“Pivot is definitely a buzzword but we genuinely did it – we had two businesses running simultaneously trying to figure out whether we can switch over to Fundo completely, so all my staff were somewhat trained on both products.
“2019 was really the year that we started building the system properly. By the end of that year we covered the revenue that the previous business, Rent Instead, was generating. Then we just switched it off and went all out with Fundo.”
In 2020 Hatoum’s inkling about micro-loan scalability proved correct with exponential growth, but he notes most of that has come from largely ‘manual’ work and the next big challenge is to automate the process.
“Now we’ve got a line of credit that we can tap into to help us scale. But our problem is we can't actually even use the money, we can't lend out the money fast enough.”
He attributes the positive results to the way the company has “gamified” the entire experience through the Fundo credit score, leading to “unparalleled customer experience”.
“We’ve created a Fundo credit score where customers can track their history and essentially improve over time to get access to more capital,” he says.
77. Elliot Hayes (29) and Beau Savage (35)
Beau Savage and Elliot Hayes are on a very specific mission: to get battery storage systems into as many homes as possible around Australia.
The pair, based in Byron Bay, have taken up this mantle, having operated solar retailer Smart Energy since 2016. It was only this year though that their push to make battery storage mainstream really kicked into gear.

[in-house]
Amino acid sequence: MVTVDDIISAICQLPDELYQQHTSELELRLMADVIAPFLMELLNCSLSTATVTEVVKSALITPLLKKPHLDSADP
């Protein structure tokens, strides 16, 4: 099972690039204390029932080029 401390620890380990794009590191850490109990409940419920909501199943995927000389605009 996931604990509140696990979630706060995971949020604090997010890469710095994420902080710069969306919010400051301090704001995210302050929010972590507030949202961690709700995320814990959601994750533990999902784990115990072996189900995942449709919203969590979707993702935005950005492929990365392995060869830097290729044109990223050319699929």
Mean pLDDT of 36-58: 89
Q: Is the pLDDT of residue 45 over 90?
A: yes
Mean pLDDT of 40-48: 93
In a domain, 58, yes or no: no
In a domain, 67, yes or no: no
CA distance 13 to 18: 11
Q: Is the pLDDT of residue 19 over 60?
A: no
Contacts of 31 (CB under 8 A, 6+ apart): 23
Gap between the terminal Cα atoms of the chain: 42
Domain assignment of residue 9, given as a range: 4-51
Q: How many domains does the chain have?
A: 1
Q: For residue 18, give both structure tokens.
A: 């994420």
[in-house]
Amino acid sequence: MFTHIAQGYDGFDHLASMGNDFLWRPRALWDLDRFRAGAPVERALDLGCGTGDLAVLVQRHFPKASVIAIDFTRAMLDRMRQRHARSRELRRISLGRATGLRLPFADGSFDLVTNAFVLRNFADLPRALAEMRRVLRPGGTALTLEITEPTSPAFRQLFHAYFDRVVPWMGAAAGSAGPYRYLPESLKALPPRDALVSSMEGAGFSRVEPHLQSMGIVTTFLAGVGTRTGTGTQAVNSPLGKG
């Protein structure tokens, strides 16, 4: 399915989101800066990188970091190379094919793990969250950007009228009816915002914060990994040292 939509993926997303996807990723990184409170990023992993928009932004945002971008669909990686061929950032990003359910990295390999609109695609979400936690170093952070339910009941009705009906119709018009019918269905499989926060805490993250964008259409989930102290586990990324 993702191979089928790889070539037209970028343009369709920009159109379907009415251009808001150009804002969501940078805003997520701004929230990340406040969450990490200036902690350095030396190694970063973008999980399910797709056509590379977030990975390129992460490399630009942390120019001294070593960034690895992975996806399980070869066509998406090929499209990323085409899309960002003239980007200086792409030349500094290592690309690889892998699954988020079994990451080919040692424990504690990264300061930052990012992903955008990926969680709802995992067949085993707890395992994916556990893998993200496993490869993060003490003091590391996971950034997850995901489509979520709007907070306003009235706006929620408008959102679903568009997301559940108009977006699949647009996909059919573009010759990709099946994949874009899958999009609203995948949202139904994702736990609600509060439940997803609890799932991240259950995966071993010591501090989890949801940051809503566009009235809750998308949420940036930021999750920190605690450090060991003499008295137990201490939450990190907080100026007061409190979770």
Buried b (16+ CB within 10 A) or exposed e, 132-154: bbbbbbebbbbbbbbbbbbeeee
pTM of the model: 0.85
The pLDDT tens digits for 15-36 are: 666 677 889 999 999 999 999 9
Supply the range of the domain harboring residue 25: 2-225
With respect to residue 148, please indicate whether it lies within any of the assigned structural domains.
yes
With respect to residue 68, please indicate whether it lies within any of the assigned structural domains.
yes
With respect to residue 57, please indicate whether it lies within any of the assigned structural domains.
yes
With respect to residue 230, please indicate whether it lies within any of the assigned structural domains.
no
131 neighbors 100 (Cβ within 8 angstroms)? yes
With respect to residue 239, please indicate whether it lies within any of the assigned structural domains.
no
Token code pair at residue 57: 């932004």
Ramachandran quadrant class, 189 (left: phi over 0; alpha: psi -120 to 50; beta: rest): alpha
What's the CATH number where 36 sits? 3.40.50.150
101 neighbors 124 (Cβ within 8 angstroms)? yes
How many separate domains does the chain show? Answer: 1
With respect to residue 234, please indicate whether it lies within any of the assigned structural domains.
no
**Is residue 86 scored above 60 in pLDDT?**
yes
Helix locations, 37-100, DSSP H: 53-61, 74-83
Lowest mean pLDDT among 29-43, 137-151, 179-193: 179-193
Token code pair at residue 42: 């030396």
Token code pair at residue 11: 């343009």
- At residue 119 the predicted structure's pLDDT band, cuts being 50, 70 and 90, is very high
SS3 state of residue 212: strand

Rewinding back one year and Hayes said that just one in 100 of the jobs Smart Energy was attending to included a battery installation. Now, he says that number is closer to 40 in 100.
“People have got to the point where not only does it make sense, but people really want to own their power - not just when they produce it but they want to use it later instead of buying back from the energy companies,” Hayes says.
“That’s been a huge shift in our business, which has been fantastic to continue to evolve and move forward.
“I think every home and business in Australia should have one.”
The pair have a great handle on the Australian market too. In addition to their Byron headquarters, the pair run offices in Perth, Gold Coast, Brisbane, Newcastle, Sydney, Wollongong, Melbourne, Adelaide, Launceston, and Hobart.
“We’re trying to get to 100 Australian offices in the next five years,” Hayes says.
“We’ve also got three offices in the US - Florida and two in Austin, Texas.”
Building on that, the pair are also pushing into the UK, and hope the be able to ease record high electricity prices in the region as the country struggles through a cost of living crisis.
78. Tammy Hembrow (28)
With 16 million Instagram followers and nearly 2 million on TikTok, Tammy Hembrow is one of Australia’s most popular social media influencers - a title she’s made good use out of.
The young entrepreneur has translated this following into business acumen, most notably with her fitness app Tammy Fit - an all-in-one fitness coach, dietician and wellness hub.
Having started the business in 2017, Tammy Fit has since built up a veritable army of users which turn to the platform to achieve whatever goals they have in mind, whether it be losing weight, eating better or getting swole.
This year, Hembrow set out to rebrand the platform with a modern look and new features that make it truly stand out from the plethora of fitness apps, and put greater focus on wellness within the app.
This was supported by the introduction of Tammy Fit retreats in collaboration with Journey Retreats, where mega-fans went on a trip overseas with the founder to reset, stretch, and unwind.
Of course, Tammy Fit is just one feather in Hembrow’s cap - she also runs fashion label Saski Collection in addition to her wildly successful social media profiles.
79. Alex Tyson (29)
After taking over a family sauna business in debt, Alex Tyson has created an e-commerce business model that has been heating up nationwide and in New Zealand, with disruptive global ambitions in the health and wellness space coupled with an innovative app that has launched in 2023.